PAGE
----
Economic Dimensions of Personalized and Precision Medicine

National Bureau of Economic Research Conference Report (University of Chicago Press, 2019)

In a new book edited by Ernst Berndt, Dana Goldman and John Rowe, leading economists and thought leaders explore recent empirical applications of personalized and precision medicine (PPM) as well as the intersection of the scientific, clinical, and economic factors affecting the development of PPM, including its effects on the drug pipeline, on reimbursement of PPM diagnostics and treatments, and on funding of the requisite underlying research.

Goldman, Rowe, and Berndt write the introductory chapter to the book, which also includes chapters authored by Tomas Philipson, Amitabh Chandra, Mark Trusheim and others. The work grew out of a workshop on the clinical and social dimensions of precision medicine that was organized by Columbia University Precision Medicine program and the USC Schaeffer Center for Health Policy & Economics.

PPM is the targeting of therapies according to an individual’s biological, genetic, or clinical characteristics. Fully realizing this potential will depend not only on treatment and diagnostic innovations, but also reconsidering economic incentives throughout the healthcare system.

Traditionally, an economic evaluation of pharmaceuticals has been conducted similarly to the way one approaches evidence-based practice for medicine – through a cost-effectiveness analysis whereby one treatment is compared to another along costs and benefits and the treatment with the better ratio of costs to benefits is identified as higher value.

But, people respond differently to different medications.  PPM matches patient sub-populations via clinical biomarkers, diagnostics, blood tests and other molecular or imaging approaches. It is targeted, tailored, stratified medicine.

“The value of PPM arises not just because of its direct effect on a patient’s health, but through the information it provides on a patient’s likely response to a particular therapy,” write Goldman and Rowe. Goldman expanded on this thought in a recent talk about the book, saying, “We should not be embarking on personalized medicine with the assumption being that we are going to save money because we are going to eliminate waste. The real value is in its ability to have secondary prevention and the potential to reduce the incidence of disease.”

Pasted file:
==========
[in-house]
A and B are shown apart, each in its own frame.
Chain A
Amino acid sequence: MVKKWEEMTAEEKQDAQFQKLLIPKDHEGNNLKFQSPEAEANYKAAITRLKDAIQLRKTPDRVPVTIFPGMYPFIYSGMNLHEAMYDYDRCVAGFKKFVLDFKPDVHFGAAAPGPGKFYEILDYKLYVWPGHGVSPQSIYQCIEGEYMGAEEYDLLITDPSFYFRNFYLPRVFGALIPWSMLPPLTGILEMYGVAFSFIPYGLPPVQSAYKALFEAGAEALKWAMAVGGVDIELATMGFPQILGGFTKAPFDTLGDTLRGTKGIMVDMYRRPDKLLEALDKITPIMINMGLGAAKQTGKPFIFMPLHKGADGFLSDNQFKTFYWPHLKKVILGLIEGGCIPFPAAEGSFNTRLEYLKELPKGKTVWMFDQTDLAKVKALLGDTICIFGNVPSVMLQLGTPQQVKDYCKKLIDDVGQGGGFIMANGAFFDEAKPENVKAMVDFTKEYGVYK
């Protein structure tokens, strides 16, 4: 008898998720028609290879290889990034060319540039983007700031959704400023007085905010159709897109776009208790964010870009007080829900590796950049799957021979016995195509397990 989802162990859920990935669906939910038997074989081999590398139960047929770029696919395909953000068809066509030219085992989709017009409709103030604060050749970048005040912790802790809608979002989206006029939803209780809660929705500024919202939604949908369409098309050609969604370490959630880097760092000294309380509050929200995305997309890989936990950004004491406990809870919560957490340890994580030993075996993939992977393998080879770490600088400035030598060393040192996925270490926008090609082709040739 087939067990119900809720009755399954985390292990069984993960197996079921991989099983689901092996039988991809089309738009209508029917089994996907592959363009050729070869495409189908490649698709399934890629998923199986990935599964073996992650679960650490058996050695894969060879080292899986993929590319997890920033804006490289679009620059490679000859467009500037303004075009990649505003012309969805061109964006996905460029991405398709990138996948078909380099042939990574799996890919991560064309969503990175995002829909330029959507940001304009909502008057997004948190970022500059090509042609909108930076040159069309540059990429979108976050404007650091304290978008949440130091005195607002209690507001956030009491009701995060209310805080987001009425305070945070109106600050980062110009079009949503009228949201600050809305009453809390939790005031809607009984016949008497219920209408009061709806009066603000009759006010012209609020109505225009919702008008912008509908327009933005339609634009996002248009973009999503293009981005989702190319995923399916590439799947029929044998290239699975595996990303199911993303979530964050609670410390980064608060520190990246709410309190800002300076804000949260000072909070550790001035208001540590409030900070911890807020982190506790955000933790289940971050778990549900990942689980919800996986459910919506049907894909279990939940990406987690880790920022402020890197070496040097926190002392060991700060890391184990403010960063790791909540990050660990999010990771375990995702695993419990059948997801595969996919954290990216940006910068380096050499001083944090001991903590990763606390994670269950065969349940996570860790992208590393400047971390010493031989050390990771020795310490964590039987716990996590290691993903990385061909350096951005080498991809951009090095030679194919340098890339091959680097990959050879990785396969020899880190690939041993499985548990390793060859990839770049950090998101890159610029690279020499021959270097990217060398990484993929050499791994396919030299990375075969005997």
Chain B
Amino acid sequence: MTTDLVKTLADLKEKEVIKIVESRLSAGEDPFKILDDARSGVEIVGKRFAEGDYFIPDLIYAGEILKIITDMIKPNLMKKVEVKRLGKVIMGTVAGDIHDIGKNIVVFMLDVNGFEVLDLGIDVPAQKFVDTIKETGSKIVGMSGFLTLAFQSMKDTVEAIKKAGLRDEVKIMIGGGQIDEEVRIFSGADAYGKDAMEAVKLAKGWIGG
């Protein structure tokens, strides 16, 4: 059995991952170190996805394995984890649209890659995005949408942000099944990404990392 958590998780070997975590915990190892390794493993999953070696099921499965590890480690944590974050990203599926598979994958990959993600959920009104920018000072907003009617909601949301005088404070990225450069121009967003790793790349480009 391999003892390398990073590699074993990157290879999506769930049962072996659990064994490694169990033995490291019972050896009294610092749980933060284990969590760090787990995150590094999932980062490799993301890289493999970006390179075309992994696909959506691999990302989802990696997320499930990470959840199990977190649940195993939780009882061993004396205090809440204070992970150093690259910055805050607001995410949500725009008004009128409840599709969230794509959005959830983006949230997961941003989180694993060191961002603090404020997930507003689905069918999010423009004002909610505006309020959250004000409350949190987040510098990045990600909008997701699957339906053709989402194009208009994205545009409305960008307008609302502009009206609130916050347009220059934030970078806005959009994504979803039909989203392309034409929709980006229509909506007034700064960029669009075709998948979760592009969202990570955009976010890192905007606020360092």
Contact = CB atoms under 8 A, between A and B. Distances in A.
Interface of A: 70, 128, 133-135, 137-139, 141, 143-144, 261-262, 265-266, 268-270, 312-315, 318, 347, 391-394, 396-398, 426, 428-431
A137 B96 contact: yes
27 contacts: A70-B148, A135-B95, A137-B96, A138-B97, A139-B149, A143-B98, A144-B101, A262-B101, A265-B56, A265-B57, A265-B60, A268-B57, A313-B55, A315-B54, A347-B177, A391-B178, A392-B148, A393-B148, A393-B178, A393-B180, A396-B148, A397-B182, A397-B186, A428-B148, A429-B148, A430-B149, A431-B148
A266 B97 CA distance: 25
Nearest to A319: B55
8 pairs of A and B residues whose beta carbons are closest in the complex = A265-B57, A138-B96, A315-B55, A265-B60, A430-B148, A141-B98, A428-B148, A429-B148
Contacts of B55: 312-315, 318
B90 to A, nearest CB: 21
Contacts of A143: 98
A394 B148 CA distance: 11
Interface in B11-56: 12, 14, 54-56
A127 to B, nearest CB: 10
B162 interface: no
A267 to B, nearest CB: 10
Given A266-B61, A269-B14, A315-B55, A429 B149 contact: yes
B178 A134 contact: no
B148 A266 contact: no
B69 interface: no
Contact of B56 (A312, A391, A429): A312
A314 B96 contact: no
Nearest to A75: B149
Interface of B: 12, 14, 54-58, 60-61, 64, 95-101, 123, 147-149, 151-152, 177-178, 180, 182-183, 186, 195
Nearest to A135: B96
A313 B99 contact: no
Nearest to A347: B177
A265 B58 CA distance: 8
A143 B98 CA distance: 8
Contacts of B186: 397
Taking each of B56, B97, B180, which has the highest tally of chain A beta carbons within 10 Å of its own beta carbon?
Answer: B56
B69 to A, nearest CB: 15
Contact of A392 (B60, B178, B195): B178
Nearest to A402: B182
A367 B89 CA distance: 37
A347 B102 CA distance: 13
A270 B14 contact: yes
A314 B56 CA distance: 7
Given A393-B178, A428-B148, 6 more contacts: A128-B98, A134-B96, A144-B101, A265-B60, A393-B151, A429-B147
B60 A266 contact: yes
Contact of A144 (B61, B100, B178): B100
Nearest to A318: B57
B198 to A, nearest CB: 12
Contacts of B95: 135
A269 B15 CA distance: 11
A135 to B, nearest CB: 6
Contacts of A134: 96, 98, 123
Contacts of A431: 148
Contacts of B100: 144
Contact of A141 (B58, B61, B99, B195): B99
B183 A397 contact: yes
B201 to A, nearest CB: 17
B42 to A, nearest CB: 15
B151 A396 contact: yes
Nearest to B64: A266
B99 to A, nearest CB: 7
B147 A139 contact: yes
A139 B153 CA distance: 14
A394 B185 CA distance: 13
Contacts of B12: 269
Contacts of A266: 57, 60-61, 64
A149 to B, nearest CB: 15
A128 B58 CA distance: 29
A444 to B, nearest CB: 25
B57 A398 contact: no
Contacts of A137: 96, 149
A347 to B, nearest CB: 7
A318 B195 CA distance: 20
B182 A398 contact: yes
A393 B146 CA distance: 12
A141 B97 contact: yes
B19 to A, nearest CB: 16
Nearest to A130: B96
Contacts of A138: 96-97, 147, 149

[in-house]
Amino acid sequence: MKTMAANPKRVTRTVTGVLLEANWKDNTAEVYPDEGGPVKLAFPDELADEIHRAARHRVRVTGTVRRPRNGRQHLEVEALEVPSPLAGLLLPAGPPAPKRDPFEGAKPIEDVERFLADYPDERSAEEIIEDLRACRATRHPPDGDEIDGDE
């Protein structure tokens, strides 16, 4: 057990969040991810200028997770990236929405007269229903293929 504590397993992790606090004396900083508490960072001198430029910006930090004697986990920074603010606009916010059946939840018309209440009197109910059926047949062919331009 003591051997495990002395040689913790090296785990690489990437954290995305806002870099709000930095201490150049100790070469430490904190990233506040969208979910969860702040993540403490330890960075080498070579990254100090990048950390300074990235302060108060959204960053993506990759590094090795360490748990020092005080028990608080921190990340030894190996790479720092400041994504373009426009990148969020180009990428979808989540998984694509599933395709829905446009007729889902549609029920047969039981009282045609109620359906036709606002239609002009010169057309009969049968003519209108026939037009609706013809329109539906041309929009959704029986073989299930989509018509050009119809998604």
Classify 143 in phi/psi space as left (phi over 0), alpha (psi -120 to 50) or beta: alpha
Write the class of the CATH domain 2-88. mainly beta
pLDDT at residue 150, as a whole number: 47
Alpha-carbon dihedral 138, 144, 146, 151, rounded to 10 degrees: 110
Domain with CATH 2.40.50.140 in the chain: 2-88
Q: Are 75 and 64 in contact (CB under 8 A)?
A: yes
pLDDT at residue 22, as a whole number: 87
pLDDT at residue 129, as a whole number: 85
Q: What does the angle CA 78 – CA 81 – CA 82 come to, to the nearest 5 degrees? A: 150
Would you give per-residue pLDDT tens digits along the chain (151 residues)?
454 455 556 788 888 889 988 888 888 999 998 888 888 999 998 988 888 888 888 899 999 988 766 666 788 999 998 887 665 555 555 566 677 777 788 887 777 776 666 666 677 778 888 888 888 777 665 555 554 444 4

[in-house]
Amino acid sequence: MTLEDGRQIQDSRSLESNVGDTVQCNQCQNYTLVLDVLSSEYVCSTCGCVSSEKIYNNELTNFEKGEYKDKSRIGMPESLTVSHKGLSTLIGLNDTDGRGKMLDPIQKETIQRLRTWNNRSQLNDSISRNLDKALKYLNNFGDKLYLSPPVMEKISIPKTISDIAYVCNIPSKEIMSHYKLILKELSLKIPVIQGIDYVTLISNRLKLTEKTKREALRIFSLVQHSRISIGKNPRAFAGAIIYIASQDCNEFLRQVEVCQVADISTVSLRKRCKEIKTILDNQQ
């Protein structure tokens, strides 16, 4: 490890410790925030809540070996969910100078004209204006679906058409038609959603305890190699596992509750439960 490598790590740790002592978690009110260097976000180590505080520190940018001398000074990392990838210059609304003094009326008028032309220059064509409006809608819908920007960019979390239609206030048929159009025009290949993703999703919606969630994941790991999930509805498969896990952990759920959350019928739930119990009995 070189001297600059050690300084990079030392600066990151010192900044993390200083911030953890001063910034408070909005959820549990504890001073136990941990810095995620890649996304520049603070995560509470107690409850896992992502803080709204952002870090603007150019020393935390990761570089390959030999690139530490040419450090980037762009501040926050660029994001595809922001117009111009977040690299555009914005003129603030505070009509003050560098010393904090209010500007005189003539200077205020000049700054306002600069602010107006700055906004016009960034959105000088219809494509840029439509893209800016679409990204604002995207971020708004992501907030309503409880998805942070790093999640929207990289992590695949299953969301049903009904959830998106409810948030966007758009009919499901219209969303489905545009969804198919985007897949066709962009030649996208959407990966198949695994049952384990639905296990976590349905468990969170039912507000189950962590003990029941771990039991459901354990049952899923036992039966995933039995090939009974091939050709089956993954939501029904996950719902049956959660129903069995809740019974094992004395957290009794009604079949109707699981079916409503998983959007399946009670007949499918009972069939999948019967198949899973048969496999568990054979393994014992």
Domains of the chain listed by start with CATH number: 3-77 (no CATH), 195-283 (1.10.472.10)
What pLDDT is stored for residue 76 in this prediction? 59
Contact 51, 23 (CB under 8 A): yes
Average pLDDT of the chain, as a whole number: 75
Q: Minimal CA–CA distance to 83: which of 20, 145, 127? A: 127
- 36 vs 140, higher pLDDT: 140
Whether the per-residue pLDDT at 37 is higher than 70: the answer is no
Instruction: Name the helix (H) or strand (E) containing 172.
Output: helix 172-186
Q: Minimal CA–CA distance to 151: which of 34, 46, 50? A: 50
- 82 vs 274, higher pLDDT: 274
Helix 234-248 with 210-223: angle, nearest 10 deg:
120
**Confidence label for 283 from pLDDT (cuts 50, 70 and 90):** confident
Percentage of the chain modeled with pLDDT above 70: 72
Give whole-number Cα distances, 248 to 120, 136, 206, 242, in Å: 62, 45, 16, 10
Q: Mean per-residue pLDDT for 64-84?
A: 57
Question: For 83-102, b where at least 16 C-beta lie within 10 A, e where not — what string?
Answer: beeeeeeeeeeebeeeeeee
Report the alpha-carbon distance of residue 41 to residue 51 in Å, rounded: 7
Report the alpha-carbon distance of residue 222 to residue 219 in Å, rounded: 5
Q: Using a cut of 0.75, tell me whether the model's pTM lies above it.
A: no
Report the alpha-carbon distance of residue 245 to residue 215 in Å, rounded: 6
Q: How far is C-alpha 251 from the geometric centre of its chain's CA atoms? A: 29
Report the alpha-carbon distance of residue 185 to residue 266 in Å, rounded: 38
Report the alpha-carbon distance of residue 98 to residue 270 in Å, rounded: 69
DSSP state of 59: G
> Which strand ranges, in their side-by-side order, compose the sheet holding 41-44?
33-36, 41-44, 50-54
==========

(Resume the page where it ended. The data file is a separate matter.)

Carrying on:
Economics 101: Experience vs Search Goods

Experience goods are goods whose quality can only be determined through consumption. For example, wine or a new restaurant is hard to judge without first trying a glass or having a meal.

Search goods are goods whose quality can be substantially evaluated before consumption. For example, clothing or computers can be researched and evaluated based on the consumer’s criteria before the purchase.

In health economics, traditional medicine can be mapped to experience goods and precision medicine to search goods.

The traditional approach is problematic when the cost of searching and learning from the reaction to the medicine is high.  For example, side effects may make patients non-adherent to a drug or the need for immediate therapy makes trial and error of different treatments too costly.

“One of the big benefits is that for under-treated or untreated populations, we actually will bring them in and be able to do more,” said Goldman.  “There is enormous value if someone could develop diagnostics to figure out which patient should get which drug.”

New Economic Incentives

PPM and new diagnostics come with cost issues given our current reimbursement strategy. Currently, the manufacturer doesn’t have strong incentives to develop diagnostics. This is because diagnostics do not have the same intellectual property protections as traditional medicines and manufacturers are paid based on the number of people who take their therapy, whether the patient responds or not.

“We have heterogeneous patients but we don’t have heterogeneous pricing,” explained Goldman.  In the current framework, payers make product-specific decisions but treatment is patient specific. With the development of diagnostics, it will allow us to identify patient specific factors but payment reform will have to account for this.

Chapters in the book provide a broad view of the promises of PPM and the importance of viewing PPM through an economic lens. Topics discussed include:

  • How PPM fits into the broader trends in medicine
  • The challenges of translating basic science to therapeutic innovation
  • The costs and benefits of genetic testing for a particular disease
  • How game theory can be used to frame the trade-offs inherent in the targeted treatment model
  • The drug-development pipeline for precision medicines
  • How cost sharing and insurance coverage should work for PPM
  • Measuring the potential health impact of personalized medicine
  • How imperfect information affect treatment uptake and physicians’ financial incentives
  • Whether the high cost of PPM could exacerbate income-related health disparities

More on the book, including purchasing information, can be found through the National Bureau of Economic Research or the University of Chicago Press.